13 Comma Rules Everyone Should Know
Memorize these comma rules before you write your next essay, letter, or email!
Use a comma before a coordinating conjunction that links two independent clauses
Example: I went to the beach, and I got a sunburn.
The two independent clauses in this sentence are “I went to the beach” and “I got a sunburn.” The coordinating conjunction is “and.” Other coordinating conjunctions can be: but, for, or, nor, so, yet, and. After you memorize these comma rules, brush up on these grammar rules that will make you sound smart.
Use commas after introductory words
Example: Finally, I went to the beach.
It’s common to use adverbs to start a sentence. Always add a comma after adverbs that end in “ly.” Other introductory words or phrases that require a comma after them include “however,” “on the other hand,” and “furthermore.”
Use a comma when the sentence begins with “Yes” or “No”
Example: No, I did not apply enough sunscreen at the beach.
A clue that lets you know that a comma is necessary is that the “Yes” or “No” could be a sentence of their own. Watch out for these punctuation mistakes that even smart people make.
Use a comma after a dependent clause at the beginning of a sentence
Example: When I went to the beach, I got a sunburn.
The dependent clause in this sentence is, “When I went to the beach.” It contains a subject and verb but it can’t stand on its own, therefore a comma comes after it.
Use commas to offset appositives
Example: Banana Boat, the type of sunscreen I used at the beach, didn’t work very well.
Appositives give more information about something. In this case, they describe what Banana Boat is. Since it’s in the middle of the sentence, both sides of the appositive need a comma.
Use commas to separate items
Example: When I was at the beach I went swimming, fishing, and on a walk.
This is one of the comma rules that can cause some controversy. Some people argue that the last comma before the word “and,” also known as an Oxford comma, is unnecessary. This is how to properly use an Oxford comma.
Use a comma before or after quotes
Example: My mom said, “Put some aloe on your sunburn.”
If the attribution comes after the quote, then place the comma inside the quotation marks at the end. For example: “Put some aloe on your sunburn,” said my mom.
Use a comma between a city and state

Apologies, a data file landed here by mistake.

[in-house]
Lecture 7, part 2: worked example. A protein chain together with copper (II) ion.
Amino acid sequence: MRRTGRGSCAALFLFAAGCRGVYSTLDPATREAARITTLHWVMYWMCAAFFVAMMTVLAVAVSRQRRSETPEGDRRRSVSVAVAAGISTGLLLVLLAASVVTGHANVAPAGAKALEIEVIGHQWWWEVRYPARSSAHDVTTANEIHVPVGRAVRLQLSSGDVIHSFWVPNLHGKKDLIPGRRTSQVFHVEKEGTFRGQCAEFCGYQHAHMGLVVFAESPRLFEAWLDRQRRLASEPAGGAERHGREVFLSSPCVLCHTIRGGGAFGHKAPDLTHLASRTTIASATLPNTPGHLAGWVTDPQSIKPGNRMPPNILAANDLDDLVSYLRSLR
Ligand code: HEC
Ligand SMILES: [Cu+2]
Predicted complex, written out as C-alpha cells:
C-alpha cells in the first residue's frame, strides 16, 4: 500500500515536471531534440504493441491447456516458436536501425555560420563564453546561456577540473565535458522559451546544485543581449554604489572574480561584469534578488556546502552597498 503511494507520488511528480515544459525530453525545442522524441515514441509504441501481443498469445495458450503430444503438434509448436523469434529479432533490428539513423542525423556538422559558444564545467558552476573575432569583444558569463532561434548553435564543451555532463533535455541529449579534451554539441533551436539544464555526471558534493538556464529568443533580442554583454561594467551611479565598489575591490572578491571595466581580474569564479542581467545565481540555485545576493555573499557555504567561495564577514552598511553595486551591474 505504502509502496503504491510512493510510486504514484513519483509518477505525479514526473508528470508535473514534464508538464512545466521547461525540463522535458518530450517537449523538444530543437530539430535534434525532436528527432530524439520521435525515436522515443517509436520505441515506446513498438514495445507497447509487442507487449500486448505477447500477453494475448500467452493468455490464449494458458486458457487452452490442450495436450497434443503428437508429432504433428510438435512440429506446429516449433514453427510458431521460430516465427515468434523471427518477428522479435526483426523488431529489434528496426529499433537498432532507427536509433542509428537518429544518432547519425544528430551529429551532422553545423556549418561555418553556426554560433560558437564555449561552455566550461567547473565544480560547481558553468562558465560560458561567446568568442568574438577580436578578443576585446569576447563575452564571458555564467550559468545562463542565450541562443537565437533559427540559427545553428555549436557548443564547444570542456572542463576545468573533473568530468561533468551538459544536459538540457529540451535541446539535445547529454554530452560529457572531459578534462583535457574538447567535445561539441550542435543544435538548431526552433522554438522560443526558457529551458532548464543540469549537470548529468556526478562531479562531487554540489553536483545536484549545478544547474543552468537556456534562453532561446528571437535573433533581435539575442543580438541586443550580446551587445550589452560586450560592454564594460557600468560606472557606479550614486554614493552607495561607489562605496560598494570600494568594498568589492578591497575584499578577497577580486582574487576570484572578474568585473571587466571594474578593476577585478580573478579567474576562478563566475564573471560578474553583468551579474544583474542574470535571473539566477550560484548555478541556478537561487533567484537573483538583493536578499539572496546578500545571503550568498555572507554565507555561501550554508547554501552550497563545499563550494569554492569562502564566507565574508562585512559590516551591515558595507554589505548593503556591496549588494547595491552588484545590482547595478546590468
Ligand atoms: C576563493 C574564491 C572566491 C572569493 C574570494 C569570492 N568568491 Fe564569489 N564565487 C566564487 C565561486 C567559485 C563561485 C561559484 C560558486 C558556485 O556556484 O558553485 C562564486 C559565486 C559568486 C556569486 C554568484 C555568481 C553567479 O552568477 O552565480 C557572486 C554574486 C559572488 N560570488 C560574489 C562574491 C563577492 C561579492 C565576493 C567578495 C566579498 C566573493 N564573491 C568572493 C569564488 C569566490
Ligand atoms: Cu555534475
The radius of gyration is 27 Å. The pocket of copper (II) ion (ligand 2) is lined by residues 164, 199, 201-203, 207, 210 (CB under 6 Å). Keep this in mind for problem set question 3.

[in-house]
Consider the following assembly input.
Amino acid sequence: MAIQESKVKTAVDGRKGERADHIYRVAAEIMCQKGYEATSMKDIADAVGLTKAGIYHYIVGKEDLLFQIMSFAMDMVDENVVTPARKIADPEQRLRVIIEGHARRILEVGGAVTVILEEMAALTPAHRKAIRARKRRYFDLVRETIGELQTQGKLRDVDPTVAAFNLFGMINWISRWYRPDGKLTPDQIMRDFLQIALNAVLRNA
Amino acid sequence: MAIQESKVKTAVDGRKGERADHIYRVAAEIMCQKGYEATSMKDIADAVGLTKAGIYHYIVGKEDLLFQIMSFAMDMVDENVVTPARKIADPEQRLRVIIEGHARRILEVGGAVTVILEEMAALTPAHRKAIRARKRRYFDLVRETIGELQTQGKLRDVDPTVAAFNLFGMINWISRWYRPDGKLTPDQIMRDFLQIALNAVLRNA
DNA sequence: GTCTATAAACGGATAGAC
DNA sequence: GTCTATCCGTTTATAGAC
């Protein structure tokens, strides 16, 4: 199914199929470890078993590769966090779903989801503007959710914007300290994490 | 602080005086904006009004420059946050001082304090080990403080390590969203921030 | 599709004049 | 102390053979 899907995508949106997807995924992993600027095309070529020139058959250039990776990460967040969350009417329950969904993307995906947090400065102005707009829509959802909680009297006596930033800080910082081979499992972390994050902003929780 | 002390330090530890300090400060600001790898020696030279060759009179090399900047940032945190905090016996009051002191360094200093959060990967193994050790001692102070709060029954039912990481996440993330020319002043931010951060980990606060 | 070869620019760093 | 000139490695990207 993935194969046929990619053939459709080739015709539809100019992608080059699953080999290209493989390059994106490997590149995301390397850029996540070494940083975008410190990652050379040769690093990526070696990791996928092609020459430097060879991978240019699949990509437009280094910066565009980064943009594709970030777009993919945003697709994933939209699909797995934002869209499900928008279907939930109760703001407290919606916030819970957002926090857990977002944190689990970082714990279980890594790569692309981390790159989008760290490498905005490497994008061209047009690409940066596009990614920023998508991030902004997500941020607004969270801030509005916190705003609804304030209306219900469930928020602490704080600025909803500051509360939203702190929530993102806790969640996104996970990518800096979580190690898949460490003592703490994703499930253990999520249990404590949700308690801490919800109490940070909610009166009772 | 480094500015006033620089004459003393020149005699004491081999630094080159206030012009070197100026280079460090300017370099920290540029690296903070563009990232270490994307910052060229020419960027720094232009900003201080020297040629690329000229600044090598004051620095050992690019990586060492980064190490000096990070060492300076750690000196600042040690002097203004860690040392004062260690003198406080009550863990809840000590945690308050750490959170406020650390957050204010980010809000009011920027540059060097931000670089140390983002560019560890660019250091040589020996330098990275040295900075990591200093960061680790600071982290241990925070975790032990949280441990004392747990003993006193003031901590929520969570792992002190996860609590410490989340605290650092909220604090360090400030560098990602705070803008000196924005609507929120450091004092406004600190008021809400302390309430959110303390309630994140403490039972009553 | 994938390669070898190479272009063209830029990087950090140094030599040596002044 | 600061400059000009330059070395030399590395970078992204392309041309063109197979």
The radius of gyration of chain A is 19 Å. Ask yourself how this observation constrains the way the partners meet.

Example: The beach I went to is in Fairfield, Connecticut.
Also, use commas to separate each element in an address. For example: “The address of the beach is 880 South Benson Road, Fairfield, Connecticut 06824.”
Use a comma to separate negation in a sentence
Example: I wore Banana Boat, not Neutrogena, sunscreen when I went to the beach.
If the negation occurs at the end of the sentence, you still need to separate it with a comma. If you already know all of these comma rules, you’ll probably ace this tricky comma quiz.
Use a comma to separate the elements in a full date (weekday, month and day, year)
Example: Friday, June 8, 2018, was a great day to go to the beach.
Don’t forget to also add a comma after the date to separate it from the rest of the sentence. If just the month and year are mentioned in the sentence there does not need to be a comma.
Use a comma between two adjectives that modify the same noun
Example: The big, hot sun had no mercy on my pale skin.
When the two adjectives are coordinate adjectives—meaning they can be reversed or the word “and” can be added between them and the sentence will still make sense—a comma must separate them.
Use a comma for direct address
Example: I’m going to the beach today, Mom.
Always use a comma before directly addressing someone or something in a sentence.
Use a comma before every sequence of three numbers
Example: The temperature outside felt like it was 235,000 degrees.
This rule does not apply to house numbers or years. Now, make sure you never, ever say these words and phrases that make you sound stupid.